RSX PCV System With Breather Tank

My PCV system; you can see that I just have a cap on the manifold port. This also shows the nut you have to remove from the bottom of the manifold.

RSX Bottom Left Intake Manifold Bolt

Bottom left intake manifold bolt

RSX Fuel Pressure Regulator

Fuel pressure regulator; this also shows one of the 12mm intake manifold bolts you need to remove

RSX Bottom Right Intake Manifold Bolt

Bottom right intake manifold bolt; it’s circled, because it’s difficult to see. This is behind where the throttle body bolts to the manifold.

Once you have all those removed, you need to pull the left stud on the top.  To do this, spin one nut on backwards and the other on normally, and tighten the nuts together (so you’re turning the inside one to the left and the outside one to the right).  You can then use them together to turn the entire stud.  Once that stud is removed, you can rotate the manifold clockwise to get it out from behind the power steering pump bracket.

At this point, my patience was entirely gone and I have no more photos.  My apologies.  Once you have the manifold off, though, the starter’s right there on the front of the engine, below where the manifold was.  Three bolts and it’s off.

Putting it all back together is relatively easy, but make sure you consult your service manual for torque specifications.

  1. Install starter
  2. Put manifold back in place
  3. Reinsert stud, tighten
  4. Bolt the manifold back down
  5. Reinstall fuel rail/injectors
  6. Bolt those brackets behind the fuel rail back on
  7. Plug the fuel injectors back in and bolt down the ground
  8. Put the PCV hose back in place
  9. Reinstall that vacuum hose on the right side of the manifold
  10. Put the throttle body part way back in place so you can plug the two bottom plugs back in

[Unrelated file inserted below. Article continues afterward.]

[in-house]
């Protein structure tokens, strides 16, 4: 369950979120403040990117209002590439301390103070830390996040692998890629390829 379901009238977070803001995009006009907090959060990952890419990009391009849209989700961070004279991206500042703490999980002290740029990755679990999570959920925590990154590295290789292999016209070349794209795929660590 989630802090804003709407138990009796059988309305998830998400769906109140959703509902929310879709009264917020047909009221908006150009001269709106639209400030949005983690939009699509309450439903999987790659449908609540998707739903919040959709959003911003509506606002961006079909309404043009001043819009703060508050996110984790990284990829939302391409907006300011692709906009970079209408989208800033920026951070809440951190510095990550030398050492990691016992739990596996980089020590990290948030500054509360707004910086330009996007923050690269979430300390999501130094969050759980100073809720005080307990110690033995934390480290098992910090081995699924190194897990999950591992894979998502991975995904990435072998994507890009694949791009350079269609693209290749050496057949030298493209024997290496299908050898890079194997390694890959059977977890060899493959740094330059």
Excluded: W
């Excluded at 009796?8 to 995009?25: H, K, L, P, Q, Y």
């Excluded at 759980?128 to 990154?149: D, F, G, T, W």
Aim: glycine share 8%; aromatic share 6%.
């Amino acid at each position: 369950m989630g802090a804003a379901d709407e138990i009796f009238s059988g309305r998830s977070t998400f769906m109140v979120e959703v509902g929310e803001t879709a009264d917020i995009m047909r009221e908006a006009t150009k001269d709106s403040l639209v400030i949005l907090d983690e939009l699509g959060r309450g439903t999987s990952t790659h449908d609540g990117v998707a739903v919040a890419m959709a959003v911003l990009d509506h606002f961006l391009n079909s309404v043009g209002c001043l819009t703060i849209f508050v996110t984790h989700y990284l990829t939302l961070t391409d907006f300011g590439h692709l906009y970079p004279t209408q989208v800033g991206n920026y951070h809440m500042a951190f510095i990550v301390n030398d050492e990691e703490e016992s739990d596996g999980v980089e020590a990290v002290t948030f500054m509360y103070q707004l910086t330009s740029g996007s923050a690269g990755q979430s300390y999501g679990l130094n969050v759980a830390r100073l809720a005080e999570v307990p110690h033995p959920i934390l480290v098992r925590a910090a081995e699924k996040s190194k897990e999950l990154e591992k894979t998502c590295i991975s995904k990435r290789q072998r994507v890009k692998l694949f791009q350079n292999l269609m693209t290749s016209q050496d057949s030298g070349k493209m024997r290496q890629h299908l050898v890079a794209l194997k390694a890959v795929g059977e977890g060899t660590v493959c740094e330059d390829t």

11. Bolt the throttle body on
  12. Plug the two top plugs back in
  13. Get the throttle linkages back in place and bolt their bracket on; tighten the linkage nuts down to the bracket
  14. Plug the vacuum line back in the top
  15. Get all the coolant lines on the bottom of the throttle body back in place
  16. Reinstall your intake piping
  17. Put the battery back in

And you’re done.  Mission accomplished.

Vacuum/Boost Gauge for the RSX Type-S

Posted by Floppie on 2009-08-29
Posted in AcuraDo-It-YourselfIRLWork  | Tagged With: , , , , , , | No Comments yet, please leave one

Before

Before

After

After

Last week, I decided I wanted to spruce up the interior of my car a bit. How I could do that…well, I could get a set of floor mats, I could replace the shift knob and boot (they’re both worn out), or I could do something for functionality and form – add some more gauges. I looked through what’s available, and made a list of everything I want…air:fuel ratio, intake manifold pressure (vacuum/boost), battery voltage, and oil pressure. That’s four gauges – a slight problem, because the largest A-pillar gauge pods out there are 3-gauge pods. That leaves me with two options – get a mounting cup and stick it on either the dash or the steering column, or get creative.

If you ask me, the cup would’ve looked stupid – that’s for muscle cars, not tuner cars. However, I vaguely remember seeing a full-race RSX with a gauge mounted in the driver side center air vent, which I thought was a pretty cool way to make use of that, so I decided to go that route. Now, the question is, which gauges should go in the pod, and which one should go in place of the vent…well, I’m going to want the ones that I have to look at frequently while driving to be easy to look at. Oil pressure and battery voltage are something I want to know, but it’s not like the voltage is going to significantly change while I’m driving, and if the oil pressure has a major change while I’m out redlining it, chances are the motor’s already blown.

That leaves air:fuel ratio, and intake manifold pressure – two things that will definitely change frequently while driving. I don’t want a huge project on my hands, so I’m only going to do one gauge – I don’t want a gauge pod with empty spots in it, so that means I’m definitely going to be mounting whatever I get in the dashboard air vent. The air:fuel ratio gauge will require removing my ECU’s secondary oxygen sensor and replacing it with one that goes directly to the gauge, so I need K-Pro before I can do that if I want the car to remain running properly, so that leaves the manifold pressure gauge. That’s fine with me, that gauge is useful for keeping track of my fuel economy as well.